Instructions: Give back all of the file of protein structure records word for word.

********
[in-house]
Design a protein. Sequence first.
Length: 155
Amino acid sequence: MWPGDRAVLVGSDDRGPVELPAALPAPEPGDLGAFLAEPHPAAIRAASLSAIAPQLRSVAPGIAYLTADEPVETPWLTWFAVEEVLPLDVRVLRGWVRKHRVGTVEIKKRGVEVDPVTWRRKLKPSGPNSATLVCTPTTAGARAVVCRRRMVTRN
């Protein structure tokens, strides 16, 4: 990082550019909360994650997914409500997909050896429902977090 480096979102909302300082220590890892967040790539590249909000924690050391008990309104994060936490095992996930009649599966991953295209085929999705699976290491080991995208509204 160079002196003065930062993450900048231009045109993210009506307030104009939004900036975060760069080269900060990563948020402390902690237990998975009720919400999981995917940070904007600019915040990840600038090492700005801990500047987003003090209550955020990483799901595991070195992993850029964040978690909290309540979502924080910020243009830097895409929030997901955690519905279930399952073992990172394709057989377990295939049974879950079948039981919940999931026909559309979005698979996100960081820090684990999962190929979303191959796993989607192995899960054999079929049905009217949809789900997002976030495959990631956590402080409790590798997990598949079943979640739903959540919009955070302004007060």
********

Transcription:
[in-house]
Design a protein. Sequence first.
Length: 155
Amino acid sequence: MWPGDRAVLVGSDDRGPVELPAALPAPEPGDLGAFLAEPHPAAIRAASLSAIAPQLRSVAPGIAYLTADEPVETPWLTWFAVEEVLPLDVRVLRGWVRKHRVGTVEIKKRGVEVDPVTWRRKLKPSGPNSATLVCTPTTAGARAVVCRRRMVTRN
């Protein structure tokens, strides 16, 4: 990082550019909360994650997914409500997909050896429902977090 480096979102909302300082220590890892967040790539590249909000924690050391008990309104994060936490095992996930009649599966991953295209085929999705699976290491080991995208509204 160079002196003065930062993450900048231009045109993210009506307030104009939004900036975060760069080269900060990563948020402390902690237990998975009720919400999981995917940070904007600019915040990840600038090492700005801990500047987003003090209550955020990483799901595991070195992993850029964040978690909290309540979502924080910020243009830097895409929030997901955690519905279930399952073992990172394709057989377990295939049974879950079948039981919940999931026909559309979005698979996100960081820090684990999962190929979303191959796993989607192995899960054999079929049905009217949809789900997002976030495959990631956590402080409790590798997990598949079943979640739903959540919009955070302004007060």